The Scottish Grand National Handicap Chase is one of the last big money races of the jumps season with £122K going to the winner at Ayr (3.55pm, Saturday, live on ITV). The current titleholder Vicente is strongly fancied at 8/1 but, while course and distance form is always a big plus, he has failed to impress this season.
Vicente tipped up two out in the Hennessy when out of touch on his debut this term and again at the first fence in the Grand National. He has been beaten 30 lengths or more on the three occasions that he has managed to stay upright this season. On the positive side this eight-year-old son of Dom Alco starts off the same mark as last year and has similar ground conditions. He is also presumably the choice of Sam Twiston-Davies, Paul Nicholls’ stable jockey but there the good news ends. Vicente’s current price seems rather short as his jumping has become unreliable and he has shown nothing for a year.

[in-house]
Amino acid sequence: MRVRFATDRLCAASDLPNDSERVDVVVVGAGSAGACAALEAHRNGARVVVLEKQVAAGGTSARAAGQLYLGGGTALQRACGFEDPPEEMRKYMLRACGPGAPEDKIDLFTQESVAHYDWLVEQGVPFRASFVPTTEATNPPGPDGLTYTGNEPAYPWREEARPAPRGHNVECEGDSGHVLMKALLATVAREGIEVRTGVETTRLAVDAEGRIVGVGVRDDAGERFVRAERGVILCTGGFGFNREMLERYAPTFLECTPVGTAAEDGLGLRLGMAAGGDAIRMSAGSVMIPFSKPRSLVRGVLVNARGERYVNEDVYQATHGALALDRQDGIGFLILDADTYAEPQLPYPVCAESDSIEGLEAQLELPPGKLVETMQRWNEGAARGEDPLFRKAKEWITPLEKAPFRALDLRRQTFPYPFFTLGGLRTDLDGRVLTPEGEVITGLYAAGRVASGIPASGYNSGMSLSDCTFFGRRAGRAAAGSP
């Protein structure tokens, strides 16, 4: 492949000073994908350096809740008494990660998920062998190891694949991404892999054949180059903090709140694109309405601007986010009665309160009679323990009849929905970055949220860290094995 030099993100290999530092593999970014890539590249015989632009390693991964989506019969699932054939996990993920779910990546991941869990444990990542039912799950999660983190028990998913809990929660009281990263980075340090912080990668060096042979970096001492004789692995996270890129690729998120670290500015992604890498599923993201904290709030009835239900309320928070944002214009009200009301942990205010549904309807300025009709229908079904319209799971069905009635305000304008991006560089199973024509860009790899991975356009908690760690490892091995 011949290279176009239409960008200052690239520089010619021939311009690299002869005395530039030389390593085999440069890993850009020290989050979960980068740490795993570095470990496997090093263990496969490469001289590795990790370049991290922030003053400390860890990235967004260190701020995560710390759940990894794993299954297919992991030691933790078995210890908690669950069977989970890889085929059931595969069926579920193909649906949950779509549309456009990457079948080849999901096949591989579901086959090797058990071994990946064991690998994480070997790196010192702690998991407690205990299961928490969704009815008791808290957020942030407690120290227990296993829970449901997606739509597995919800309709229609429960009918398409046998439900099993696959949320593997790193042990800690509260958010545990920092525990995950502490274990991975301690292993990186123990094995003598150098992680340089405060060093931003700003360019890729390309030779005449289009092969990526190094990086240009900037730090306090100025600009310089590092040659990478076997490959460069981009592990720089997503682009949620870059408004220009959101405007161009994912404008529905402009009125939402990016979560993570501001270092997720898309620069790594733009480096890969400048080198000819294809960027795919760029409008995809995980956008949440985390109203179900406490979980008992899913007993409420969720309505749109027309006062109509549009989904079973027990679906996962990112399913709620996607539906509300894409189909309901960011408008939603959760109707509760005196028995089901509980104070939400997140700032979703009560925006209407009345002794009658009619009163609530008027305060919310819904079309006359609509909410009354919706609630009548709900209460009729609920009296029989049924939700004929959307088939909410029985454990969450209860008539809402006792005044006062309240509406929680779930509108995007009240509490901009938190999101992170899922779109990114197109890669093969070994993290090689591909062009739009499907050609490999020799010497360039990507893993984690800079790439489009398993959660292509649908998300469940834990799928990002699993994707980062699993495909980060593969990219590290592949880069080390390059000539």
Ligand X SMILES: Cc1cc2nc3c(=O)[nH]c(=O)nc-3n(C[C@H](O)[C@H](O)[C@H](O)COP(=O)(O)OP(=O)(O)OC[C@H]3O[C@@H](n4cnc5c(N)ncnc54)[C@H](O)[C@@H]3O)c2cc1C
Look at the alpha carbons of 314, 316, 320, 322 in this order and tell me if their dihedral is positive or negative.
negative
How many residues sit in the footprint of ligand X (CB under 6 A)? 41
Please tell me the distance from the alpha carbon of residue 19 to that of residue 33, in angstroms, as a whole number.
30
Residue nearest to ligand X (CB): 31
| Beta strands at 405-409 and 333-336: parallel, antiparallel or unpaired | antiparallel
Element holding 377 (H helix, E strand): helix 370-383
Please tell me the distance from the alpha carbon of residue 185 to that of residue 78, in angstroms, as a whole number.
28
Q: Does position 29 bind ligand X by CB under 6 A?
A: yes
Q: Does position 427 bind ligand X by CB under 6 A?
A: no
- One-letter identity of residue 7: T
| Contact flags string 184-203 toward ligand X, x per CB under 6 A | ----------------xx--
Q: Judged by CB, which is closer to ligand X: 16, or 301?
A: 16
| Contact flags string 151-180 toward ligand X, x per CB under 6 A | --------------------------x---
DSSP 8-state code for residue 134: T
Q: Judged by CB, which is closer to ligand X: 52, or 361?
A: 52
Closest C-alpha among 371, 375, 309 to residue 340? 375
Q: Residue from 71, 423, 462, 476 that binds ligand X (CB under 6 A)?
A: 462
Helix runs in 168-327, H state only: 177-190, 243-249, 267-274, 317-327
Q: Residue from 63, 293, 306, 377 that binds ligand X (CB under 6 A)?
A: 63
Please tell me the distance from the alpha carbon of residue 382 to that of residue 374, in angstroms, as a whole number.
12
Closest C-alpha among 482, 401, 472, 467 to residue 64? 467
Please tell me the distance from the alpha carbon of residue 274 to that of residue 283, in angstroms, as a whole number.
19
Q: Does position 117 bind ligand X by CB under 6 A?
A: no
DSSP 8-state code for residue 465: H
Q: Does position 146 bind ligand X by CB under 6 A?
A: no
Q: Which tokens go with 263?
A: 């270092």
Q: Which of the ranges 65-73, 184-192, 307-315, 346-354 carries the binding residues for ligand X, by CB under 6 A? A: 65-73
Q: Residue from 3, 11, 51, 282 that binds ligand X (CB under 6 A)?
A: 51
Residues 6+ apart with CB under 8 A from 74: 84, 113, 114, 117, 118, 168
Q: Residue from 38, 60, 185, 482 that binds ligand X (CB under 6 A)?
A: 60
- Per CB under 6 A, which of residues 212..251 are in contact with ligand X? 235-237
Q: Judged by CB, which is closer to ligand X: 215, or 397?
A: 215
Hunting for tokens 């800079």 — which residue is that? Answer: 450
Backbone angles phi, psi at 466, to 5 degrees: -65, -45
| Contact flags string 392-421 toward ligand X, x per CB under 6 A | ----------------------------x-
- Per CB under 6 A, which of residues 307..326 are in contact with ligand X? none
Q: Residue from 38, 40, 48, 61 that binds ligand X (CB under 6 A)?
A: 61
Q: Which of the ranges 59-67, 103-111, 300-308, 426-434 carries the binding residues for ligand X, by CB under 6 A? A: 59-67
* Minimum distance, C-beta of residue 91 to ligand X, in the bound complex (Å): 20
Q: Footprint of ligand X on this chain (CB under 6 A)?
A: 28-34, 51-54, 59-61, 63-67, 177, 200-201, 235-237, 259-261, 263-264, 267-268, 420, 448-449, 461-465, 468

His stablemate Arpege D’Alene (10/1) has more encouraging recent form, he was beaten six lengths into fourth by Tiger Roll in the four miler for amateurs at Cheltenham after being hampered at a key stage. This seven-year-old was the odds-on favourite in a Grade 2 novices’ chase at Ascot in February but was obviously feeling something as he started jumping left and was beaten six lengths.
Arpege D’Alene has worn a tongue-tie for some time and has not scored since he won a three-runner novices’ chase at Aintree in November in first time blinkers under Sean Bowen. He followed up with two good runs at Cheltenham in November and December, getting beaten about two lengths in both. Bowen seems to get on with this horse but Arpege D’Alene has been expensive to follow. He has started as the favourite four times this term and only delivered once when beating just one rival.